Best, Keith Bulmer, Esmond Dean, Paul (North Somerset)
Bevan, David Gilroy Cadbury, Jocelyn Dorrell, Stephen
Biffen, Rt Hon John Carlisle, John (Luton West) Douglas-Hamilton, Lord James
Biggs-Davison, John Carlisle, Kenneth (Lincoln) Dover, Denshore
Blackburn, John Carlisle, Rt Hon Mark (Runcorn) Dunn, Robert (Dartford)
Blaker, Peter Chalker, Mrs. Lynda Dunnett, Jack
Body, Richard Chapman, Sydney Dunwoody, Mrs Gwyneth
Boscawen, Hon Robert Clark, Hon Alan (Plymouth, Sutton) Durant, Tony
Bottomley, Peter (Woolwich West) Clark, Sir William (Croydon South) Dykes, Hugh
Eggar, Timothy Le Marchant, Spencer Robertson, George
Elliott, Sir William Lennox-Boyd, Hon Mark Rodgers, Rt Hon William
Eyre, Reginald Lester, Jim (Beeston) Roper, John
Fairbairn, Nicholas Lloyd, Ian (Havant & Waterloo) Ross, Stephen (Isle of Wight)
Fairgrieve, Russell Lloyd, Peter (Fareham) Rossi, Hugh
Faith, Mrs Sheila Lyell, Nicholas Rowlands, Ted
Fenner, Mrs Peggy Lyons, Edward (Bradford West) Sainsbury, Hon Timothy
Finsberg, Geoffrey McCrindle, Robert Shaw, Michael (Scarborough)
Fisher, Sir Nigel Macfarlane, Nell Shelton, William (Streatham)
Fletcher, Alexander (Edinburgh N) MacGregor, John Shersby, Michael
Fletcher-Cooke, Charles MacKenzie, Rt Hon Gregor Shore, Rt Hon Peter (Step and Pop)
Fookes, Miss Janet Maclennan, Robert Silvester, Fred
Forman, Nigel McQuarrie, Albert Sims, Roger
Fowler, Rt Hon Norman Madel, David Skeet, T. H. H.
Fraser, Rt Hon H. (Stafford & St) Major, John Speed, Keith
Galbraith, Hon T. G. D. Marks, Kenneth Speller, Tony
Gardiner, George (Reigate) Marland, Paul Spicer, Jim (West Dorset)
Garel-Jones, Tristan Marten, Nell (Banbury) Spicer, Michael (S Worcestershire)
George, Bruce Mates, Michael Squire, Robin
Gilbert, Rt Hon Dr John Mather, Carol Stainton, Keith
Ginsburg, David Maude, Rt Hon Angus Stanbrook, Ivor
Goodhew, Victor Mawby, Ray Stanley, John
Goodlad, Alastair Mawhinney, Dr Brian Steen, Anthony
Gow, Ian Maxwell-Hyslop, Robin Stevens, Martin
Grant, Anthony (Harrow C) Mellor, David Stewart, John (East Renfrewshire)
Griffiths, Eldon (Bury St Edmunds) Meyer, Sir Anthony Stradling Thomas, J.
Griffiths, Peter (Portsmouth N) Miller, Hal (Bromsgrove & Redditch) Tebbit, Norman
Grylls, Michael Mills, lain (Meriden) Temple-Morris, Peter
Gummer, John Selwyn Mills, Peter (West Devon) Thatcher, Rt Hon Mrs Margaret
Hamilton, Hon Archie (Eps'm&Ew'll) Moate, Roger Thomas, Rt Hon Peter (Hendon S)
Hamilton, Michael (Salisbury) Montgomery, Fergus Thompson, Donald
Morrison, Hon Charles (Devizes)
Hampson, Dr Keith Morrison, Hon Peter (City of Chester) Thorne, Neil (llford South)
Hannam, John Mudd, David Tinn, James
Harrison, Rt Hon Walter Murphy, Christopher Townend, John (Bridlington)
Havers, Rt Hon Sir Michael Myles, David van Straubenzee, W. R.
Hawkins, Paul Needham, Richard Varley, Rt Hon Eric G.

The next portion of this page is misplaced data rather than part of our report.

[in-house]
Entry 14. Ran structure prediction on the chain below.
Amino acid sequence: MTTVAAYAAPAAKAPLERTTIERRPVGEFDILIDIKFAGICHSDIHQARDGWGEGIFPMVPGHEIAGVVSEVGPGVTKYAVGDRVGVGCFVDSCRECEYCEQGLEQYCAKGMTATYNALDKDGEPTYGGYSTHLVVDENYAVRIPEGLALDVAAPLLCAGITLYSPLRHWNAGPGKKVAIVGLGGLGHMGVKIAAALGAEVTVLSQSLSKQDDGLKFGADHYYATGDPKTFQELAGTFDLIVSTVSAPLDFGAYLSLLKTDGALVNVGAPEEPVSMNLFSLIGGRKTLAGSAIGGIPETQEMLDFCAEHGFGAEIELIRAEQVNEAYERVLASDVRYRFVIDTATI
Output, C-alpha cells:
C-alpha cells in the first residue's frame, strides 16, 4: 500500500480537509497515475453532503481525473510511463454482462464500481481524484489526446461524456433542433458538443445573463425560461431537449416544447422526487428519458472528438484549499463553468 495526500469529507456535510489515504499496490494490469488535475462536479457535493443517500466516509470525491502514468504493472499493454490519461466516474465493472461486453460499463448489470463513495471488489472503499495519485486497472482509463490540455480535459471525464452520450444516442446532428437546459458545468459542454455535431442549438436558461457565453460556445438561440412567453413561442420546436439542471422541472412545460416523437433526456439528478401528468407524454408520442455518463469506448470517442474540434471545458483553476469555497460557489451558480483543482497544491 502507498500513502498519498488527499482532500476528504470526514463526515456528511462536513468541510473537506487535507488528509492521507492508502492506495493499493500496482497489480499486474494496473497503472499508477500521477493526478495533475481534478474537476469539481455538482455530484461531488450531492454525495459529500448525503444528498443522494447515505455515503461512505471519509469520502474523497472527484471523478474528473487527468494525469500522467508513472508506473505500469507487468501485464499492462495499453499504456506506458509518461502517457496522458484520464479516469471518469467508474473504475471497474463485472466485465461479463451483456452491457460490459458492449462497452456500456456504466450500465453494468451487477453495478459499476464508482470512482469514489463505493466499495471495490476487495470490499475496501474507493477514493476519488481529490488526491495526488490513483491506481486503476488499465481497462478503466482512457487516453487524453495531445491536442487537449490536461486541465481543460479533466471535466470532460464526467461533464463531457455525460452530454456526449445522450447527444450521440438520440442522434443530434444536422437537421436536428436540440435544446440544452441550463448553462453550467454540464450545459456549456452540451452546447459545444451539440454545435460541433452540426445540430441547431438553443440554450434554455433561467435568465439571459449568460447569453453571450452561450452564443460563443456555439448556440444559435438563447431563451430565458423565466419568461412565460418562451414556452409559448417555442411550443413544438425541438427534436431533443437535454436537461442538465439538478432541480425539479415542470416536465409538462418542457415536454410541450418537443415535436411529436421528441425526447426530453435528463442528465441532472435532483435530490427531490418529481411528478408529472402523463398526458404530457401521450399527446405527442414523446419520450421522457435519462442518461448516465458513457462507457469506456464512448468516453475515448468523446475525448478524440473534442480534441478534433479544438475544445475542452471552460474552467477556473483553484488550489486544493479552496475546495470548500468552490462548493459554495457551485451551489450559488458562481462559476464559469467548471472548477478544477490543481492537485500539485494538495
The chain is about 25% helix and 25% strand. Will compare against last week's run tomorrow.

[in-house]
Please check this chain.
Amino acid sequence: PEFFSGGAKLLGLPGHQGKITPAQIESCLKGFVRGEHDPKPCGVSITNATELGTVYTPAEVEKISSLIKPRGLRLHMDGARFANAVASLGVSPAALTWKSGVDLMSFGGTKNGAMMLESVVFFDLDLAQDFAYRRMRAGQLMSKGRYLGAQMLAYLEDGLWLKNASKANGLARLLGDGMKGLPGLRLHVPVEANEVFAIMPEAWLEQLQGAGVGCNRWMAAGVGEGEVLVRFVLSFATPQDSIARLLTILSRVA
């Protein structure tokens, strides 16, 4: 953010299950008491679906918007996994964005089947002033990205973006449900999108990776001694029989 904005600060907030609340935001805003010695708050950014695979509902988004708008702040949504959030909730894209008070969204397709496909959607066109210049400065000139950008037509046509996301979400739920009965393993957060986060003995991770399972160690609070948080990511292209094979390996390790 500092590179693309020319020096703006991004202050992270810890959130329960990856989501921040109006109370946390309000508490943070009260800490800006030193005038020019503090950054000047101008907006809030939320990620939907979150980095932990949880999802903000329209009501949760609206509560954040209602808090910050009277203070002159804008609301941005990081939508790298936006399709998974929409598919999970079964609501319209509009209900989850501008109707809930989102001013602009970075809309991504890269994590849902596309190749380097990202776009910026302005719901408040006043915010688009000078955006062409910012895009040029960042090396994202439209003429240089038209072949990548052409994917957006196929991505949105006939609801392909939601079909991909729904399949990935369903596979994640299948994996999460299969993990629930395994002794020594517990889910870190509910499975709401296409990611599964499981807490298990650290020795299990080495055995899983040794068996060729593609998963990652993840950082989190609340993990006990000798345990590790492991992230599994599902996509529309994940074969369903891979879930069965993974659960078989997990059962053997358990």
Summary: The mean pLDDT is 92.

Hawksley, Warren Nelson, Anthony Viggers, Peter
Heddle, John Neubert, Michael Wakeham, John
Henderson, Barry Newton, Tony Waldegrave, Hon William
Higgins, Rt Hon Terence L. Normanton, Tom Walker, Bill (Perth & E Perthshire)
Hill, James Ogden, Eric Walker-Smith, Rt Hon Sir Derek
Hogg, Hon Douglas (Grantham) Onslow, Cranley Waller, Gary
Holland, Philip (Carlton) Owen, Rt Hon Dr David Ward, John
Hooson, Tom Page, John (Harrow, West) Warren, Kenneth
Hordern, Peter Page, Rt Hon Sir R. Graham Watson, John
Howells, Geraint Page, Richard (SW Hertfordshire) Wellbeloved, James
Hunt, David (Wirral) Parkinson, Cecil Wells, Bowen (Hert'rd & Stev'nage)
Hunt, John (Ravensbourne) Parris, Matthew Wheeler, John
Hurd, Hon Douglas Patten, Christopher (Bath) Whitney, Raymond
Jay, Rt Hon Douglas Pawsey, James Wickenden, Keith
Jessel, Toby Penhaligon, David Williams, Delwyn (Montgomery)
Johnson Smith, Geoffrey Percival, Sir Ian Winterton, Nicholas
Jopling, Rt Hon Michael Price, David (Eastleigh) Wolfson, Mark
Kellett-Bowman, Mrs Elaine Rathbone, Tim Woolmer, Kenneth
Kershaw, Anthony Rees, fit Hon Merlyn (Leeds, South) Young, Sir George (Acton)
Knight, Mrs Jill Rees, Peter (Dover and Deal)
Lamont, Norman Renton, Tim TELLERS FOR THE AYES:
Latham, Michael Rhodes James, Robert Mr. Peter Brooke and
Lawrence, Ivan Rhys Williams, Sir Brandon Mr. David Waddington.
Lee, John Ridley, Hon Nicholas
Allaun, Frank Dubs, Alfred Lambie, David
Ashton, Joe Eastham, Ken Lamond, James
Atkinson, Norman (H'gey, Tott'ham) Evans, Ioan (Aberdare) Leighton, Ronald
Barnett, Guy (Greenwich) Evans, John (Newton) Lestor, Miss Joan (Eton & Slough)
Benn, Rt Hon Anthony Wedgwood Faulds, Andrew McElhone, Frank
Bennett, Andrew (Stockport N) Foot, Rt Hon Michael McKay, Allen (Penistone)
Bruce-Gardyne, John Freeson, Rt Hon Reginald McKelvey, William
Buchan, Norman Garrett, John (Norwich S) McNamara, Kevin
Callaghan, Jim (Middleton & P) Golding, John Marshall, Dr Edmund (Goole)
Campbell-Savours, Dale Graham, Ted Marshall, Jim (Leicester South)
Canavan, Dennis Hardy, Peter Maxton, John
Carter-Jones, Lewis Hart, Rt Hon Dame Judith Meacher, Michael
Cook, Robin F. Hattersley, Rt Hon Roy Mikardo, Ian
Crowther, J. S. Haynes, Frank Mitchell, R. C. (Soton, Itchen)
Cryer, Bob Healey, Rt Hon Denis Molyneaux, James
Dalyell, Tam Heffer, Eric S. Morton, George
Davis, Terry (B'rm'ham, Stechford) Hogg, Norman (E Dunbartonshire) Newens, Stanley
Deakins, Eric Holland, Stuart (L'beth, Vauxhall) Orme, Rt Hon Stanley
Dobson, Frank Hooley, Frank Palmer, Arthur
Dormand, Jack Huckfield, Les Park, George
Douglas-Mann, Bruce Hughes, Roy (Newport) Pavitt, Laurie
Pendry, Tom Silverman, Julius Taylor, Mrs Ann (Bolton West)
Powell, RI Hon J. Enoch (S Down) Skinner, Dennis Thorne, Stan (Preston South)
Race, Reg Snape, Peter Tilley, John
Radice, Giles Soley, Clive Wilson, William (Coventry SE)
Richardson, Jo Spearing, Nigel
Roberts, Ernest (Hackney North) Spriggs, Leslie TELLERS FOR THE NOES:
Rooker, J. W. Stallard, A. W. Mr. David Winnick and
Ross, Ernest (Dundee West) Stoddart, David Mr. Philip Whitehead.
Silkin, Rt Hon John (Deptford) Straw, Jack

Question accordingly agreed to.

Bill read a Second time.

Bill committed to a Committee of the whole House.—[Mr. Newton.]

Committee this day.